CENTRAL Queensland has a high percentage of teenage mothers, especially when compared to the Gold Coast and Sunshine Coast.
Queensland Health data has found the percentage of teenage mothers in central Queensland (7.69% of 3146 births), was greater than in the Gold Coast (3.54% of 5902 births) and Sunshine Coast (3.65% of 3942 births).
Central Queensland mothers aged between 15-19 also accounted for almost 10% of all births in 2010.
ABS Births Australia 2012 data also found Gladstone's 2.7% fertility rate last year was well above the state average of 2.03%.
But Gladstone Hospital director of Medical Services Dr Nicki Murdock said it was hard to determine any trends based on the figures.
"One data set does not tell us anything," Dr Murdock said.
"A number of factors come into play when determining whether an area has a problem with teenage pregnancy."
Tannum Sands State High School community liaison officer Carol Shuttleworth said teenage pregnancy wasn't a problem, despite the school hosting an awareness program.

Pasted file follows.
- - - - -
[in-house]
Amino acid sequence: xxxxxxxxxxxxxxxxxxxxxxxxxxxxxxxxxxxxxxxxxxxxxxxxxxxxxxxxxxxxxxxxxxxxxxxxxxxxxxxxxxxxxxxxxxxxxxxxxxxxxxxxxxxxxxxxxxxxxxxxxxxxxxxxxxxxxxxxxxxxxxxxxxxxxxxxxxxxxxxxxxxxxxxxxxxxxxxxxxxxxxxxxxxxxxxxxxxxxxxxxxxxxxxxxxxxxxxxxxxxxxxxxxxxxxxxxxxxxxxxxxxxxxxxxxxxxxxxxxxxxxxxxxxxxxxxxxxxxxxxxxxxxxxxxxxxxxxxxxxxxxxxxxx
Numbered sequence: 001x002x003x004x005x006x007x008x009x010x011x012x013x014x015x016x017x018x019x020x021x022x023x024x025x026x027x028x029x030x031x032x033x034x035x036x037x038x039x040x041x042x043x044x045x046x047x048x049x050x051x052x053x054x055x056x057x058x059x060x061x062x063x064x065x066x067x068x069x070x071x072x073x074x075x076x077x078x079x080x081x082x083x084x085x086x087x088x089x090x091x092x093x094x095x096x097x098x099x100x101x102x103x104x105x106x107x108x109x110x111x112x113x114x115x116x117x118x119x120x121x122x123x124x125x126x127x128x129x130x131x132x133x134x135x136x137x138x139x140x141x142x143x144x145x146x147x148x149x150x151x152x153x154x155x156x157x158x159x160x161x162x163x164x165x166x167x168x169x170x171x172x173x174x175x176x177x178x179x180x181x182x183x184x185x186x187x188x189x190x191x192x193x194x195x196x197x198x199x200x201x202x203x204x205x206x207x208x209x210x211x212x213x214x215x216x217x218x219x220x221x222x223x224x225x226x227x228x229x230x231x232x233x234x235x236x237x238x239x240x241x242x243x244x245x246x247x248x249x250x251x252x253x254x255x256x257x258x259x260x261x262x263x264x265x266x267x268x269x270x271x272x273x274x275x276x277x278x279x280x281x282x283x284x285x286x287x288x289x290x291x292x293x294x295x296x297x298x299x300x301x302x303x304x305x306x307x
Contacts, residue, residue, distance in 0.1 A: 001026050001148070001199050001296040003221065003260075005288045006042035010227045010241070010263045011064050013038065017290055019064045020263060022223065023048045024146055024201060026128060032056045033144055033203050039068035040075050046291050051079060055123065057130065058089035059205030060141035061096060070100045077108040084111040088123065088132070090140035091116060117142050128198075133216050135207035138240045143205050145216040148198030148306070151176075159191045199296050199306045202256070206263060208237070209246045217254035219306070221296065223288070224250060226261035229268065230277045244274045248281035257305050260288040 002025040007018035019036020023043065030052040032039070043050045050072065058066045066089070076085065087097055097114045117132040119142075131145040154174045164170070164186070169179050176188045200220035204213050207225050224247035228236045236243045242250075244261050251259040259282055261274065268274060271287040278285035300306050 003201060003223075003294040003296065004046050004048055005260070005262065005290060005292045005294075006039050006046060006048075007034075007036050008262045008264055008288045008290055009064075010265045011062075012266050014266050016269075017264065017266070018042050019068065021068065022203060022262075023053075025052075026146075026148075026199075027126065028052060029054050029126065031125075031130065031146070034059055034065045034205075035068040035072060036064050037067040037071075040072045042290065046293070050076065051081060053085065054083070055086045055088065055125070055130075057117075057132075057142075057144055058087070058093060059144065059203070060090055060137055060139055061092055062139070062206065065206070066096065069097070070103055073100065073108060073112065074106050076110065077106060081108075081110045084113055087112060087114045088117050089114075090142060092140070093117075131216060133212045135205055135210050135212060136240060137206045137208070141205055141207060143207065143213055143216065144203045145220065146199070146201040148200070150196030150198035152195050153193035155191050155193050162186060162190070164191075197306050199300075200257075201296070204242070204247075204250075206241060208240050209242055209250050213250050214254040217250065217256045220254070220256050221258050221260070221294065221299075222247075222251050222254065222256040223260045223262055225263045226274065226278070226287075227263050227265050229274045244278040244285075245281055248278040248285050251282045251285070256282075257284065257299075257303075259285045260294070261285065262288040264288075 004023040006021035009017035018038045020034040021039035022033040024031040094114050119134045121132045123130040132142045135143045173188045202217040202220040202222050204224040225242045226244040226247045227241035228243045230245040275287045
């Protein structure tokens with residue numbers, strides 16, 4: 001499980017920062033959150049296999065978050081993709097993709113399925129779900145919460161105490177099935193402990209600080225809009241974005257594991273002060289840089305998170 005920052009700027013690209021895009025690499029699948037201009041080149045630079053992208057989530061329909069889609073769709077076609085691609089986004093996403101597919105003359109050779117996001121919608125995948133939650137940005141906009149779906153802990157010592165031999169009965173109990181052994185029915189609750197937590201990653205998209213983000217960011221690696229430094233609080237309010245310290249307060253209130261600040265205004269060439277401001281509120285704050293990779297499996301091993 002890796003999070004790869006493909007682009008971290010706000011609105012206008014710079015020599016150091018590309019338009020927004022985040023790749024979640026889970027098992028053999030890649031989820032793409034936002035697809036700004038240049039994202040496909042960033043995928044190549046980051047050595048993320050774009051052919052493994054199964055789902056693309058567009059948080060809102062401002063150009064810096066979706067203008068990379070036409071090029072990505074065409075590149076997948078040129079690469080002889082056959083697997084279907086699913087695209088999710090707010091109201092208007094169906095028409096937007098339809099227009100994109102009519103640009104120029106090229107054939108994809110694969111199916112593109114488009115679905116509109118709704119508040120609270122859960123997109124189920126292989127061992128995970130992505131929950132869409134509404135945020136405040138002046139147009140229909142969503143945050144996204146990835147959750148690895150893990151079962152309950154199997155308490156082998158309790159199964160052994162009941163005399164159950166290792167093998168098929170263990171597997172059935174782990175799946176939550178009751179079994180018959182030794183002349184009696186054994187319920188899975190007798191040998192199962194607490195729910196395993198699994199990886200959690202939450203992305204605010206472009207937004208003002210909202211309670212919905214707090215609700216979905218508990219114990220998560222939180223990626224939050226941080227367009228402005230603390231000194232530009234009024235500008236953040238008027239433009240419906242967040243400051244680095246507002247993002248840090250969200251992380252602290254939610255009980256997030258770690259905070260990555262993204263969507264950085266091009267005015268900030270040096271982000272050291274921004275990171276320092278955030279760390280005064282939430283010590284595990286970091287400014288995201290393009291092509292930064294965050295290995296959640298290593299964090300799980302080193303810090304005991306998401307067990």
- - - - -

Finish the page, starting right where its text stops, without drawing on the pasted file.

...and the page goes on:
"We haven't got a high rate of pregnancy around here," Ms Shuttleworth said.
In 2010 the teenage birth rate was much lower in Australian than in other Western countries.
- In 2010 there were 24 births per 1000 of 15-19 year old females.
- This is higher than the Australian average of 15.5 in 2010.
SOURCE: ABS Births Australia 2011
AT THE start of the year, 15-year-old Chloe Smyth became a mum.
The child, affectionately named Hayley, cried, burped and hiccupped her way into the Tannum Sands State High School student's daily routine.
The pair was inseparable. But after two days, Chloe passed on her responsibility to her classmate, Mairangiatea Tenngara-Philp, 15.
Unlike in the real world where babies are a life-long commitment, the high school's Baby: Think It Over Program gives teenagers a taste of parenthood.
This year the school, along with Gladstone State High School and Toolooa State High School, has pooled $12,295 for the program.
The program is aimed at Year 10 students, to teach them the responsibilities of being a parent.
Tannum Sands community liaison officer Carol Shuttleworth said the virtual babies would build on the school's existing program.
"We're hoping the program takes the glamour out of teen pregnancy," Ms Shuttleworth said.
"It really teaches them that there's a lot more to life than having a baby in their teens."
The Commonwealth Bank donated $9594 to the Tannum Sands State High School Parents and Citizens Association.
Boyne Smelter employees donated $2800 to help fund the program.
Mairangiatea was one of the three boys to put his hand up for the program.
"I thought it would be a great experience," Mairangiatea said. Aside, of course, from changing several virtual nappies.